Synthetic Oil vs. Synthetic Blend vs. Conventional Oil
Motor oil can be segmented into four basic varieties – synthetic oil, synthetic blend oils, high mileage oil and conventional motor oil. While there are several factors in comparing synthetic vs conventional oil and synthetic blend vs full synthetic, there are unique characteristics and specifications to help you determine which oil is the best fit for your vehicle.
Synthetic motor oil has gone through a chemically engineered process. Synthetic oil molecules are more uniform in shape with fewer impurities and better properties than conventional oil molecules. In most cases, synthetic oil has better extreme high temperature and low temperature performance. Synthetic oils are generally formulated with higher performing additives.
The difference between synthetic oil and a synthetic blend is that a synthetic blend motor oil uses a mixture of synthetic and conventional base oils for added resistance to oxidation (compared to conventional oil) and provides excellent low-temperature properties.
High-mileage motor oil is specially formulated for late model vehicles or newer vehicles with over 75,000 miles. High mileage motor oil, with its unique additives and formulation, helps to reduce oil burn-off, and helps prevent oil leaks that may occur in older engines. Pennzoil sells many kinds of high-mileage motor oil, such as Pennzoil Platinum® High Mileage Full Synthetic Motor Oil and Pennzoil® High Mileage Motor Oil
Conventional motor oils can be formulated in a range of viscosity grades and quality levels. Conventional motor oil is recommended for drivers with simple engine designs and regular (as opposed to severe) driving styles.
Motor Oil Grade Designations
Motor oils use a rating system developed by the Society of Automotive Engineers (SAE), to classify oil by viscosity. Viscosity is a fluid's resistance to flow. Fluids that are thin (like water) have a low viscosity, and fluids that are thick (like honey) have a high viscosity. Motor oil also changes in viscosity measurement as it is heated or cooled. SAE viscosity grades
Multi-grade viscosity motor oils are able to perform at a wide range of temperatures. For an oil with an SAE viscosity grade of 0W-20, the “0” is the cold-temperature viscosity rating (the "W" stands for "Winter"), and the “20” is the high temperature viscosity rating. Multigrade viscosity motor oil flows well at low temperatures, but still protects the engine at high temperatures
For comparison’s sake, SAE 5W-30 and SAE 0W-30 will flow better at colder temperatures than SAE 10W-30, while still providing protection at higher temperatures.
Always follow the vehicle owner's manual to determine the correct motor oil specification, viscosity grade, and oil drain interval for your engine.
The API/ILSAC “Starburst”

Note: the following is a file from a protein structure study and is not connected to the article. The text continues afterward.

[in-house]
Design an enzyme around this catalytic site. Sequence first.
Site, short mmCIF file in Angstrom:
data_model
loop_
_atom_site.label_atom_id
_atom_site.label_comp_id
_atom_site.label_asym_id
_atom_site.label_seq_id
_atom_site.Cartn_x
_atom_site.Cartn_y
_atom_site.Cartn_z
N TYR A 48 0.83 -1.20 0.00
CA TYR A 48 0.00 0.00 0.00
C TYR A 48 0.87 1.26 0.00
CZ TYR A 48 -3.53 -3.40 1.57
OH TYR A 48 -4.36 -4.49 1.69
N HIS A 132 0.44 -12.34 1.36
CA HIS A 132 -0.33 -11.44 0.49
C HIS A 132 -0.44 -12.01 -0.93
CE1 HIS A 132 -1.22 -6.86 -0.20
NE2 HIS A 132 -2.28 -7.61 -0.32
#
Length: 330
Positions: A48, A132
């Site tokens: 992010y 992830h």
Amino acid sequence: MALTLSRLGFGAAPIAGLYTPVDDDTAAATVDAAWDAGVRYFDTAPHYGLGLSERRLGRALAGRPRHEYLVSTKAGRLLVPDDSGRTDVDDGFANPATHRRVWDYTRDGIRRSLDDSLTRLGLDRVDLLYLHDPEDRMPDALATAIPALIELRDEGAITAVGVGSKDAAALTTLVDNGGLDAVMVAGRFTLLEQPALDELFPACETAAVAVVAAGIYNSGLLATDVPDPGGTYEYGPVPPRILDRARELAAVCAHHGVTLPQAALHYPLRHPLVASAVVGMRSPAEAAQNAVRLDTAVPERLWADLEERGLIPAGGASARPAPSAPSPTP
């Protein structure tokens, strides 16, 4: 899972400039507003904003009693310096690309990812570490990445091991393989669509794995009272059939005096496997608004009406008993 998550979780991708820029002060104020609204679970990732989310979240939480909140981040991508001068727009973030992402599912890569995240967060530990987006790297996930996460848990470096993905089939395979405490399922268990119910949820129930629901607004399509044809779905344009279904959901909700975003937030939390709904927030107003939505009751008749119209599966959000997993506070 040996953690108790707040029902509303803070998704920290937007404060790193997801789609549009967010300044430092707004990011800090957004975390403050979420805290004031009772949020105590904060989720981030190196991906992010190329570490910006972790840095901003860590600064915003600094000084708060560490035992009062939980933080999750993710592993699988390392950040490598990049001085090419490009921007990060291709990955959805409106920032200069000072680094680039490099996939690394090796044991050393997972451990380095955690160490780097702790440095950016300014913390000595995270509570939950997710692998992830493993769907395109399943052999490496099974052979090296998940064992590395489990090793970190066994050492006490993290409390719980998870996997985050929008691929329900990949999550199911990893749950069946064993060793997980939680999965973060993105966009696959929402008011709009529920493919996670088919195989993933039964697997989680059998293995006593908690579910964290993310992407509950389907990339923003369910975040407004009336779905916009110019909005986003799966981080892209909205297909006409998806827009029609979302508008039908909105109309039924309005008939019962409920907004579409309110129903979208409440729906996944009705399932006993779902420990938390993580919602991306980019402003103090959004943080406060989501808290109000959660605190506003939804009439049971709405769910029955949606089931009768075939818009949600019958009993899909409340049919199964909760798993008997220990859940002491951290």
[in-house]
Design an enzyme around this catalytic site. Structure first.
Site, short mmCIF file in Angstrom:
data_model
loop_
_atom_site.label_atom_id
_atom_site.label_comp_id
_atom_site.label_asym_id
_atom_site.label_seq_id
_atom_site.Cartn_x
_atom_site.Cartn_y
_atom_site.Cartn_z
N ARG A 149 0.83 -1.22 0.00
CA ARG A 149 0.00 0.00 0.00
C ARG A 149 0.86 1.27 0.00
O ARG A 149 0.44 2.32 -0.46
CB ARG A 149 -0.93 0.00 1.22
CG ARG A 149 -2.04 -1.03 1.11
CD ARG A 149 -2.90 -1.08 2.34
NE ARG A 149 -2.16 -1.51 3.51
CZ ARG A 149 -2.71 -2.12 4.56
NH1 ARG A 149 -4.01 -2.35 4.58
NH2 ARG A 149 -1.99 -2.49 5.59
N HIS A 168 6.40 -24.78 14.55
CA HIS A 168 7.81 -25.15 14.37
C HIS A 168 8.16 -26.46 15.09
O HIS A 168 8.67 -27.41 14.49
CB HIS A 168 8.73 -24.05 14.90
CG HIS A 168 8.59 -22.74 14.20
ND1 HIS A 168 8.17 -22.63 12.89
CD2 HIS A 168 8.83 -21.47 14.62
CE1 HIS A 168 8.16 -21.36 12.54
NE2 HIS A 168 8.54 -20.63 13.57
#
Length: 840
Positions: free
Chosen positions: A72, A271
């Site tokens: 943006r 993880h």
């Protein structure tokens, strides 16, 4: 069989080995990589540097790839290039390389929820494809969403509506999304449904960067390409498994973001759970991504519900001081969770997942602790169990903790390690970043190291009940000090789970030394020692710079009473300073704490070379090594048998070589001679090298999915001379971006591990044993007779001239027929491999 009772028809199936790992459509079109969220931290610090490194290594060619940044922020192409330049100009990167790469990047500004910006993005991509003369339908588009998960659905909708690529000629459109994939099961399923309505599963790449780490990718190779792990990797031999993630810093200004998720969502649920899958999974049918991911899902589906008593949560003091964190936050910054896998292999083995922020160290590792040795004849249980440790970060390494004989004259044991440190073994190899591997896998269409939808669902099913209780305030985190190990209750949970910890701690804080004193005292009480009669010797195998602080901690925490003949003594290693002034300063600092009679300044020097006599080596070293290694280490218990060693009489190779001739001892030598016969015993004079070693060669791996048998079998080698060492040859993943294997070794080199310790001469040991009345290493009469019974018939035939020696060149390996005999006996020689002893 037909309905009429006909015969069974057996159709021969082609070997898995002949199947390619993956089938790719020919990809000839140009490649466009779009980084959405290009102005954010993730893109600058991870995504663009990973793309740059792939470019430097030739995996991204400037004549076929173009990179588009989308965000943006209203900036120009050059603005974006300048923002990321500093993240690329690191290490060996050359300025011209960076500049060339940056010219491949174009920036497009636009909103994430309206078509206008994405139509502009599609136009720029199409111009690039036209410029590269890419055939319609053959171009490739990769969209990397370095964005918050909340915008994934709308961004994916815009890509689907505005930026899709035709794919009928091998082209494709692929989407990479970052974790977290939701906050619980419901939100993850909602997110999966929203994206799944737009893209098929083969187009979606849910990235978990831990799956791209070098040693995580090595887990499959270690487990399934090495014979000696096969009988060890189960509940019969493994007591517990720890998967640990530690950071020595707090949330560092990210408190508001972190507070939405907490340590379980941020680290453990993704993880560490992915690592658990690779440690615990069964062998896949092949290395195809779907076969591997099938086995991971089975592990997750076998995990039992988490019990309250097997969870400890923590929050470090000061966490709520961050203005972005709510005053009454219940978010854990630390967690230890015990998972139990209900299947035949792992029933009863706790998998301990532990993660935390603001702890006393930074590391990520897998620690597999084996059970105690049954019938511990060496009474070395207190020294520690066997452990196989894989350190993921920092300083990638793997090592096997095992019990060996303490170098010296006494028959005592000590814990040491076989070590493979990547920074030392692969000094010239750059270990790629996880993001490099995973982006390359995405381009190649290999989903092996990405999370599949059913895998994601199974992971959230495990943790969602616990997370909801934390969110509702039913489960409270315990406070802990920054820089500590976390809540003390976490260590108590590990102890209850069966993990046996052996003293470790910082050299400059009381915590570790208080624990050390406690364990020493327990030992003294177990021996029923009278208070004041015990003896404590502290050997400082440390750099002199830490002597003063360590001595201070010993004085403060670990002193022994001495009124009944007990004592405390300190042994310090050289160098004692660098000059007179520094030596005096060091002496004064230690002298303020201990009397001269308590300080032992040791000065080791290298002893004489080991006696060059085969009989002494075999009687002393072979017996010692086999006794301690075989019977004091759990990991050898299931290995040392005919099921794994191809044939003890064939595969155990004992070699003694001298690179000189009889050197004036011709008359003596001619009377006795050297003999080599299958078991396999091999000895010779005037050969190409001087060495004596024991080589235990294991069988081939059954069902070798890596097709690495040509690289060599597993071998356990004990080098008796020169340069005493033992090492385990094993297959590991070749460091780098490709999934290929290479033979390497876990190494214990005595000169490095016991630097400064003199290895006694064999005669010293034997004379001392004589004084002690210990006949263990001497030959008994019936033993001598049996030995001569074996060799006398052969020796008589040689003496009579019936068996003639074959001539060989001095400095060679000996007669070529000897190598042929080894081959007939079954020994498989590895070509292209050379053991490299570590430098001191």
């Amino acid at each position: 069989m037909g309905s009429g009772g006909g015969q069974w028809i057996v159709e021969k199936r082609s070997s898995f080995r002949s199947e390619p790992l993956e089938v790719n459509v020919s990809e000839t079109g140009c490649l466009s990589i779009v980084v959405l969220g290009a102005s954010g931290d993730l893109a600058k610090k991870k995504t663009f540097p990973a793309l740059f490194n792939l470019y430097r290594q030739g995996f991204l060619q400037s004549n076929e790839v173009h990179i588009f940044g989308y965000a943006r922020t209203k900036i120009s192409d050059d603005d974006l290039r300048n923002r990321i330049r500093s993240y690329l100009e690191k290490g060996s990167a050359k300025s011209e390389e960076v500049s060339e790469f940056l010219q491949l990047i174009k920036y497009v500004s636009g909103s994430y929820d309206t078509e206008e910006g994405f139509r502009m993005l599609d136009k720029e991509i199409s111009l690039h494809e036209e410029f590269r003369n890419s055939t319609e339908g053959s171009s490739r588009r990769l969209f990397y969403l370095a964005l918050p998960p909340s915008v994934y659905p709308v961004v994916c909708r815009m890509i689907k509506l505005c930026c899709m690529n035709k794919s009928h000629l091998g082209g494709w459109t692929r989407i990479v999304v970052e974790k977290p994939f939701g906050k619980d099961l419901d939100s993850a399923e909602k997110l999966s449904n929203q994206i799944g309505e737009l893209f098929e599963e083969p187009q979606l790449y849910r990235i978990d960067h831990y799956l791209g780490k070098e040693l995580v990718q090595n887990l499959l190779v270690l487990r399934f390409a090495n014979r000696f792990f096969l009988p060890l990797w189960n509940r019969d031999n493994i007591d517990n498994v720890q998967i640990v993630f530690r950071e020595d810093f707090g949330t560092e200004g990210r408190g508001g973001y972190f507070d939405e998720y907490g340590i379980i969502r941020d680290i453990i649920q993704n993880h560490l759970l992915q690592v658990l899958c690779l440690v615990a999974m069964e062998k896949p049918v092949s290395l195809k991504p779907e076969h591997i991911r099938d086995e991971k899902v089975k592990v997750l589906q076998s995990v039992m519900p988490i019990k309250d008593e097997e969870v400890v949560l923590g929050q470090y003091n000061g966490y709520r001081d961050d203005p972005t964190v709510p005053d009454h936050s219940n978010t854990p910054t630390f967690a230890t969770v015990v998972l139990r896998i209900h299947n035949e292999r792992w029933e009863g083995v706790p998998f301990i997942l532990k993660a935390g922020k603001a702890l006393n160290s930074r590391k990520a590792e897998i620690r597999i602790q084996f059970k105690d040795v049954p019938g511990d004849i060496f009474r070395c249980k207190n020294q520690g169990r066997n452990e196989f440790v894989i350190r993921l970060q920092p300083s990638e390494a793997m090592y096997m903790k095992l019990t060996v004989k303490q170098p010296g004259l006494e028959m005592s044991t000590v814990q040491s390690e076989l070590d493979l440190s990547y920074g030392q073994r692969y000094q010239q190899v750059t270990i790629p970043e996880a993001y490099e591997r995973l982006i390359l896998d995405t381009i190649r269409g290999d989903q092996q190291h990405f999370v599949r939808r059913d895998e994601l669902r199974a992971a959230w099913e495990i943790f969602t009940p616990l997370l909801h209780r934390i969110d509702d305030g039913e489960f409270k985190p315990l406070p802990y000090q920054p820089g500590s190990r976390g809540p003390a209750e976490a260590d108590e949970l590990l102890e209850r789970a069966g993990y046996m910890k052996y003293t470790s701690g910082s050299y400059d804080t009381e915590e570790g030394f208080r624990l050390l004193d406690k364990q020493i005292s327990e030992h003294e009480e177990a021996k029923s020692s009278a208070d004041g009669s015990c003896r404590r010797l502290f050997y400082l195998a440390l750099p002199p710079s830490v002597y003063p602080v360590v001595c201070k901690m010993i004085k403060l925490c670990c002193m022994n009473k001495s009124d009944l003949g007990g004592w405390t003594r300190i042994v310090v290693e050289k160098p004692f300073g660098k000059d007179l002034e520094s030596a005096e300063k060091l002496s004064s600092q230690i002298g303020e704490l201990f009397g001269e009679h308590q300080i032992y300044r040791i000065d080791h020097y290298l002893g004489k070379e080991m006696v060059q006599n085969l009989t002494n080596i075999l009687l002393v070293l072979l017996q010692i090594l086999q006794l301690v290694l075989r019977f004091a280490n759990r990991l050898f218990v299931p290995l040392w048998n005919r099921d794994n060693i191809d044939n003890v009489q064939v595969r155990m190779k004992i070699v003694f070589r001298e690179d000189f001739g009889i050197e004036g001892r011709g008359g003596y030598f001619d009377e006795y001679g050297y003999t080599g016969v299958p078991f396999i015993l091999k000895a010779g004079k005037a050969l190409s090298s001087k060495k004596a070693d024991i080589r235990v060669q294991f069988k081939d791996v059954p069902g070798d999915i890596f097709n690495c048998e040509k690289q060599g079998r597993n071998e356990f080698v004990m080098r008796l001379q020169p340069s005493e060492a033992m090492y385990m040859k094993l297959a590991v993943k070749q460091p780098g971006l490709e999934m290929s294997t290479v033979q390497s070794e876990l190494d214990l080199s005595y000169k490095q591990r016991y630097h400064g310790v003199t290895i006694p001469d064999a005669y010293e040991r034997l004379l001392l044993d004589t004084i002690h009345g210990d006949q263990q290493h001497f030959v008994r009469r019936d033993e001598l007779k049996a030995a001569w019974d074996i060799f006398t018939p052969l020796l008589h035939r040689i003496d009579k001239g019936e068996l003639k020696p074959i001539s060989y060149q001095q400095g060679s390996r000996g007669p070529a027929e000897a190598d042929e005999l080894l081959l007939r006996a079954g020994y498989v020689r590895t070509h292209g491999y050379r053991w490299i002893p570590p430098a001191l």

This symbol is shown on quality motor oils that meet current minimum industry requirements. API is an acronym for the American Petroleum Institute. The institute’s Starburst stamp of approval—“American Petroleum Institute Certified”—was created to help consumers identify engine oils that meet minimum performance standards set by vehicle and engine manufacturers.
The Starburst identifies engine oils recommended for a certain application, such as “For Gasoline Engines.” To carry this symbol on the container, the oil must meet the most current requirements of ILSAC, which is the International Lubricant Standardization and Approval Committee, a joint effort of U.S. and Japanese automobile manufacturers. The API/ILSAC Starburst is found on the front label of qualified motor oil bottles.
The API “donut”
Another identifier on motor oil containers is the API “donut” typically found on the back label. The symbol is divided into three parts. The top half of the circle (2) indicates the API service rating, also called the performance level. The center of the circle (3) denotes the SAE viscosity, which we just discussed. The lower half of the circle (4) indicates whether the oil has demonstrated certain resource conserving or energy-conserving properties.
In the top part of the donut, the words “API Service XXXXX” (5) indicate the type of engine and performance the oil provides. API Service SN the current rating means “S” for Service Station oil (for gasoline engines) and N the current level of service. Or it will say “API Service CJ-4.” API service CJ-4 means “C” for commercial engines (diesel engines) and J-4 where J is the current performance level and 4 indicates a 4-stroke diesel (a 2 will be used for 2-stroke diesel engines).
Check your owner’s manual for the recommendation for your vehicle. The API Service Ratings are backward-compatible, so older vehicles can use the current designation.
What is Multi-weight (or Multi-Grade) motor oil and what is the meaning of Viscosity Grade?
When motor oil was first introduced, it was sold only in monograde varieties, such as SAE-X. Multi-weight engine oils were first introduced in the 1950’s to address the issues of varying temperatures and engine operating conditions. The first number of a multi-grade oil designates the ability for the oil to be pumped and flow at colder temperatures; the “W” stands for winter. Thus, a 0W oil will be able to flow faster and get to critical engine components better than a 5W or a 10W oil; especially in extreme cold conditions and at engine start-up.
The second number is the viscosity measurement value at engine operating conditions. This viscosity number is crucial for proper lubrication and protection of your engine. Thus, a vehicle that recommends using a SAE 5W-20 can use a multi-grade oil SAE 0W-20; especially in colder climate regions. Using a lower “winter” weight can help with faster oil delivery, quicker engine warm up to operating conditions and give fuel economy benefits compared to a 5W or 10W motor oil.